Yes, I know this is unkind of me


No, it’s not about her looks. It’s about her look. It may well be specific to this one piccie. But the impression is that each and every idea that anyone else has which isn’t agreed with entirely is just so stupid as to not even need comment. Just clearly and obviously wrong because it’s not shared.

BTW, it’s Sally Rooney who apparently is a novelist of some repute.

38 thoughts on “Yes, I know this is unkind of me”

  1. Promotion pics are interesting, aren’t they? The subject must have quite a say over the final product. Yet we have male actors and novelists doing that ridiculous chin-cupping pose that’s meant to make them look both visionary and shrewd. Females usually go for the smouldering come-hither look, if they can manage it – and frequently if they can’t. Women footballers must spend a lot of time deciding (“break your shin, or pout?”) and the results are nasty.

    And now this. It’s disturbing, because it’s hard to work out what she’s trying to tell us. My guess is intelligence, of a sort, confidence, and autism.

    I read her famous novel two years ago, forgotten the title. My son (28) thought it was good. I thought it was a pile of shit, completely unbelievable unless young people have radically changed for the worse.

  2. I think its an interesting portrait. Zero make up which either requires zero ego or a v big invulnerable one. But still, a bit difficult to judge an author by her cover.

  3. She is a bog-standard commie cow. Looking for publicity for her verbal ordure book.

    Mossad should send a team to give her a good “talking to”. All dressed as Hassidic Jews just for the laughs.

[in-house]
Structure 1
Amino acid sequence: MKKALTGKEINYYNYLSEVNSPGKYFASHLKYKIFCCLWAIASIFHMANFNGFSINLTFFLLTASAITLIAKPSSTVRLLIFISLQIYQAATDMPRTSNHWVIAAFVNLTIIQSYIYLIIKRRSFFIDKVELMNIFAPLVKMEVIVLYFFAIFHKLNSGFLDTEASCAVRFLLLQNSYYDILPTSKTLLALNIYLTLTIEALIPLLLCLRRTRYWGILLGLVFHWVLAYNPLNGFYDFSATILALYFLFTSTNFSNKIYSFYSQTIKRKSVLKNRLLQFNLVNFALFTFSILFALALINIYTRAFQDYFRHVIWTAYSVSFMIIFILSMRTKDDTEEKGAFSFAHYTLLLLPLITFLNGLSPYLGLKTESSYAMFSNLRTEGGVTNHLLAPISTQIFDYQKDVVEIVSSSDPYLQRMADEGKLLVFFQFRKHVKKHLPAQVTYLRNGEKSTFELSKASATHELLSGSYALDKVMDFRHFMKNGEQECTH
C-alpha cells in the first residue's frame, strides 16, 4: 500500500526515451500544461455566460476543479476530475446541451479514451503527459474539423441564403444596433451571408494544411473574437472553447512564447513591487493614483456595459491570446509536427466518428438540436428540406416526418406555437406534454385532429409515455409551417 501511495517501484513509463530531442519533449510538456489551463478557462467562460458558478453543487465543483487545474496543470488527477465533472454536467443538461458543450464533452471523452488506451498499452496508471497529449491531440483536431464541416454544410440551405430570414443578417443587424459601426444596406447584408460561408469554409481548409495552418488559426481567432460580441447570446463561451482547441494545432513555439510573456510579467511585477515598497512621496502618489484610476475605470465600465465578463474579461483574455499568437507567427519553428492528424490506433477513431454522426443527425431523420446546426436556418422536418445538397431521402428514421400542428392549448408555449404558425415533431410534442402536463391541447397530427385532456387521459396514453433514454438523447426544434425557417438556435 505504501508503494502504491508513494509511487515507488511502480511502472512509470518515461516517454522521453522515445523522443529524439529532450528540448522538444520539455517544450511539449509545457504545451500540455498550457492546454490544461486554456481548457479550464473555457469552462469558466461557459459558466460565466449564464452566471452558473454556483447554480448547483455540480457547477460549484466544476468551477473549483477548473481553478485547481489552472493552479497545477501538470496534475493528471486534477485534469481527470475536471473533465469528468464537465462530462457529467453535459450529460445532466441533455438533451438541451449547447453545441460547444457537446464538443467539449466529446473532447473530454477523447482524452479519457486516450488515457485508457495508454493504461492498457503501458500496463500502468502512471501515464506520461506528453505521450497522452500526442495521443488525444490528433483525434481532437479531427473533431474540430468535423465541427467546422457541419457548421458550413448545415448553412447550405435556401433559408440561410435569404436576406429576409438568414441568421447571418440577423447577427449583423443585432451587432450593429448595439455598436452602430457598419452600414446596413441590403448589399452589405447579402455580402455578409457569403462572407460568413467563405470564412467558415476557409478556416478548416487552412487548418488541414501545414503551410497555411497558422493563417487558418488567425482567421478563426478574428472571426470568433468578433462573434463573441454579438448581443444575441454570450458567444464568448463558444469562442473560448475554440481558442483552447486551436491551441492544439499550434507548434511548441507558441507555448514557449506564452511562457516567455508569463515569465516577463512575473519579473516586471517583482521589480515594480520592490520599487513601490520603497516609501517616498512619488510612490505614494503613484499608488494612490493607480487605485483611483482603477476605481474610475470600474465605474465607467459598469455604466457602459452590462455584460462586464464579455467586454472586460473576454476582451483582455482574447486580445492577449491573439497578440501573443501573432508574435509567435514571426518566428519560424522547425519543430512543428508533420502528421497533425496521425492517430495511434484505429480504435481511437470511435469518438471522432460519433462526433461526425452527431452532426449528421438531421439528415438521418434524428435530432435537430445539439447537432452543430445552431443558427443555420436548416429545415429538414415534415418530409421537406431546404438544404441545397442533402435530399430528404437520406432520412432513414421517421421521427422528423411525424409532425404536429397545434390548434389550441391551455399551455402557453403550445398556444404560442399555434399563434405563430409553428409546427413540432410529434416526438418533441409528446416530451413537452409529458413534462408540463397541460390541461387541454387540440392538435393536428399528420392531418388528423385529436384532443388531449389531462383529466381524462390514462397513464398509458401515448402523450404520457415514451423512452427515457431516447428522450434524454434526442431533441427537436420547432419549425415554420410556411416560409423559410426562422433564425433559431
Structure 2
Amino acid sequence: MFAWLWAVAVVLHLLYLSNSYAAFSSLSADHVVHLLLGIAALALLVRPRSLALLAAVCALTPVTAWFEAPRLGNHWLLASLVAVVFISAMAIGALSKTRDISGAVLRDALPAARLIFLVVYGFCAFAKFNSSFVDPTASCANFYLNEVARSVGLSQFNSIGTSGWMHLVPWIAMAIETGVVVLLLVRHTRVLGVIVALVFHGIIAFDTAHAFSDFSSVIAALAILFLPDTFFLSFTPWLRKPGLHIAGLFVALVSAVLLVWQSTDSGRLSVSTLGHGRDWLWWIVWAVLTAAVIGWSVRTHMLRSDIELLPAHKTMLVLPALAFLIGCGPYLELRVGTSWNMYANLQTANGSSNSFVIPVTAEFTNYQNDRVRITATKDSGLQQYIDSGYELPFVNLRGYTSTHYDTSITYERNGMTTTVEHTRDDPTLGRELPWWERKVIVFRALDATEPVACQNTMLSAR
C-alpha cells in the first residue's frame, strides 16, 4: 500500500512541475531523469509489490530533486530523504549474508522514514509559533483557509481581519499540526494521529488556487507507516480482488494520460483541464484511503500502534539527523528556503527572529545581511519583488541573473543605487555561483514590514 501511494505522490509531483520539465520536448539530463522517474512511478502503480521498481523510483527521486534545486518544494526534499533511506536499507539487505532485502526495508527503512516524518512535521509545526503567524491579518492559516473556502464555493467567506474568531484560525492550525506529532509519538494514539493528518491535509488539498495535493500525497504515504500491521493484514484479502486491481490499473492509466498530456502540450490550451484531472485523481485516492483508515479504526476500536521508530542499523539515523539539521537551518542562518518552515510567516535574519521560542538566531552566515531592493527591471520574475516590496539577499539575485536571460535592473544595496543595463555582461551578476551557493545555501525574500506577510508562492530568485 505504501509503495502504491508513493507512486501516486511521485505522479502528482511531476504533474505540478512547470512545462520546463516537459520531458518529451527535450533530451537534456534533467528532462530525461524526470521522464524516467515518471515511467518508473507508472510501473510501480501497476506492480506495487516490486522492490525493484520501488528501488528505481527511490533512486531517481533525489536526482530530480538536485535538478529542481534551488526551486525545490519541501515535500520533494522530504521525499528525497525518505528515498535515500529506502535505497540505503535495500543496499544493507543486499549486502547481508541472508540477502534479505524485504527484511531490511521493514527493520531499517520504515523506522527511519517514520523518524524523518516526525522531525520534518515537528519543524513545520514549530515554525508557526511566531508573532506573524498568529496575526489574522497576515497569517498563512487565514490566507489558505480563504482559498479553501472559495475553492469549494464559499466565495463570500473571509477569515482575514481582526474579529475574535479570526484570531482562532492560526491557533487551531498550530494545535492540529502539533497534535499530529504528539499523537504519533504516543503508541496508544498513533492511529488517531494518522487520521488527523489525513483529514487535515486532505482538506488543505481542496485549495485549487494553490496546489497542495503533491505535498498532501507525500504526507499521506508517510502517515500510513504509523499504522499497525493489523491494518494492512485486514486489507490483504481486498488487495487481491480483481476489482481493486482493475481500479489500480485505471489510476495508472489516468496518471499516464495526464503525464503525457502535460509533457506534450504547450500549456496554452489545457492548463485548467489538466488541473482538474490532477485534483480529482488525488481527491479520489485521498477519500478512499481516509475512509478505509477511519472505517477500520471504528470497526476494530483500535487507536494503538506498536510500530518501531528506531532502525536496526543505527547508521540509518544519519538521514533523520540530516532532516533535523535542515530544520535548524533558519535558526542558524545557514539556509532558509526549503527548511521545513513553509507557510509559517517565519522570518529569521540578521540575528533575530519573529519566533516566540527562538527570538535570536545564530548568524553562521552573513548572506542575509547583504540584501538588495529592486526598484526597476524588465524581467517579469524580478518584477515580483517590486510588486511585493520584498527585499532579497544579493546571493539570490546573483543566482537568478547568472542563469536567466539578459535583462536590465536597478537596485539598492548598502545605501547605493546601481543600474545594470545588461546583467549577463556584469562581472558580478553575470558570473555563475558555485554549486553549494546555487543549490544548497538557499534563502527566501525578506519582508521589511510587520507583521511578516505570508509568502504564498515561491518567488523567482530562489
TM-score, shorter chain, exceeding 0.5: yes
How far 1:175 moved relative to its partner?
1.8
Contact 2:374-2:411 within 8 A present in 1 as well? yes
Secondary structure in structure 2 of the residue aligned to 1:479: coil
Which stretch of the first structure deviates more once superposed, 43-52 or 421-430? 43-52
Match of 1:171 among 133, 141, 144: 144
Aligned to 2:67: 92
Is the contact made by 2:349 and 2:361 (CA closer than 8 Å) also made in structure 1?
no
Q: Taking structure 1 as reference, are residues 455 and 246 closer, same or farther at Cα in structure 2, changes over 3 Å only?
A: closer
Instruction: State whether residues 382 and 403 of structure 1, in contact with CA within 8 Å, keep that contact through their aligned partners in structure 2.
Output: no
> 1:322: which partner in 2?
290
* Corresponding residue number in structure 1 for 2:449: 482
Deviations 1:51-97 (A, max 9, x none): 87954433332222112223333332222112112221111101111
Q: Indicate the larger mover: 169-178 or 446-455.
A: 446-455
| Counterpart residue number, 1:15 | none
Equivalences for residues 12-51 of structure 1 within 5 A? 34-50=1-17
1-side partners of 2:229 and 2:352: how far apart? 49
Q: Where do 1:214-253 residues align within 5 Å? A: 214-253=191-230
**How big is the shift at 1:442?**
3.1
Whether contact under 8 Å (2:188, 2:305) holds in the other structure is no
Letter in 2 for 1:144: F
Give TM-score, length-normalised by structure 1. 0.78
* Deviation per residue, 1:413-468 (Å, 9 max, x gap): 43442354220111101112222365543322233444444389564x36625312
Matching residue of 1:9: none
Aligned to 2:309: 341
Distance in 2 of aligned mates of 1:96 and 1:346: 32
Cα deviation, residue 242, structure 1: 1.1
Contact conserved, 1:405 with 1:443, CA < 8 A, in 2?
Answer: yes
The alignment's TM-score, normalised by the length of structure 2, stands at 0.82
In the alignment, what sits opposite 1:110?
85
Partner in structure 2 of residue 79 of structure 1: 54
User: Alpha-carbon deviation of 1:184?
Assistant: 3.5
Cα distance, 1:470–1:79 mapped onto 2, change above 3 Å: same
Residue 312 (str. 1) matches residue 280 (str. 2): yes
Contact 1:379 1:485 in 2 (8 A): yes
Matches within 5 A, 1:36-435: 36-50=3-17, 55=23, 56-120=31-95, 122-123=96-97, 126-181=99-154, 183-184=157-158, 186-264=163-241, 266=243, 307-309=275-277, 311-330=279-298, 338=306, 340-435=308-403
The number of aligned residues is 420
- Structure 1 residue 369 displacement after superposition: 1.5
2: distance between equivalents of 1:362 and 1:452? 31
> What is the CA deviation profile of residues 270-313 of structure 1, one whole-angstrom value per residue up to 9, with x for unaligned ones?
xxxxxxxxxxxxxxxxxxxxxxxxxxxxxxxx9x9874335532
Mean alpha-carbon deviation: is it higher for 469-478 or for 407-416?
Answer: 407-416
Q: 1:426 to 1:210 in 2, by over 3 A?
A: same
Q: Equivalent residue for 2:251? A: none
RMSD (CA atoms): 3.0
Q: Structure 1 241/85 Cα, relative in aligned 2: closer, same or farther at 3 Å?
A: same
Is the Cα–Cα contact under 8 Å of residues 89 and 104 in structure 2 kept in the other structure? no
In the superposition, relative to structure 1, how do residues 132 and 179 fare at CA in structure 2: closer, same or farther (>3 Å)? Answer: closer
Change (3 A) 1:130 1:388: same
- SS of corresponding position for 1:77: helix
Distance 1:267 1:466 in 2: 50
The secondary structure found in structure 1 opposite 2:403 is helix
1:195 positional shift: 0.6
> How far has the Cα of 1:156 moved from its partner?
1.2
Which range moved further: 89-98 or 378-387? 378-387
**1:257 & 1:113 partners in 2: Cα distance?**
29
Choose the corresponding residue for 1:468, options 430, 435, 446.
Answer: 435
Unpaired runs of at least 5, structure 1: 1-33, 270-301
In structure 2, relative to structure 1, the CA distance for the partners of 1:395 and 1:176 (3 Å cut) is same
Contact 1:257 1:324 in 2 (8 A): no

4. The thing I find odd about Marxism and Communism is that it is still socially acceptable to believe in it. If you believe in National Socialism, you really have to keep quiet about it. Falangism – Ditto. And for good reasons. However, Marxism and Communism has and still does cause death and misery in the world and you can get away with opening supporting it. Support a brand of fascism and you risk being arrested and spending time in prison.

  5. Sam – I thought it was a pile of shit, completely unbelievable unless young people have radically changed for the worse

    Are you aware of something called TikTok? 🙁

  6. Salamander
    It used to be OK to sympathise with fascism. The Irish sent official condolences on the death of Adolf Hitler. And Rooney’s Irish, isn’t she?


    Provided it’s not called fascism you’re ok Salamander. But you’ll have noticed how the white untermensch fit neatly into the modern version of this nonsense.

  8. A superior sneer mixed with indifferent boredom.

    As if to say, “Don’t bother me with your thoughts. I am far more sophisticated and intelligent than you. Nothing you can say is as clever as my opinion.”

  9. I believe the appropriate term is ‘resting bitch face’.

    I searched online and it is a consistent appearance, so it is more looks than look.

    The left side of her face looks like it’s held hostage by the right hand side. The right side is controlled by the left brain, which is also responsible for calculation rather than feelings.

  10. There must be a gazillion books about upper middle class art people ennui and why does anyone want to read them? OK, if they’ve got some ideas, if they challenge pre-existing thought, maybe. But it’s not like Rooney is taking the piss out of commie bellends.

    Too many women in their 20s who should be knocked up and changing nappies to give them some purpose in life.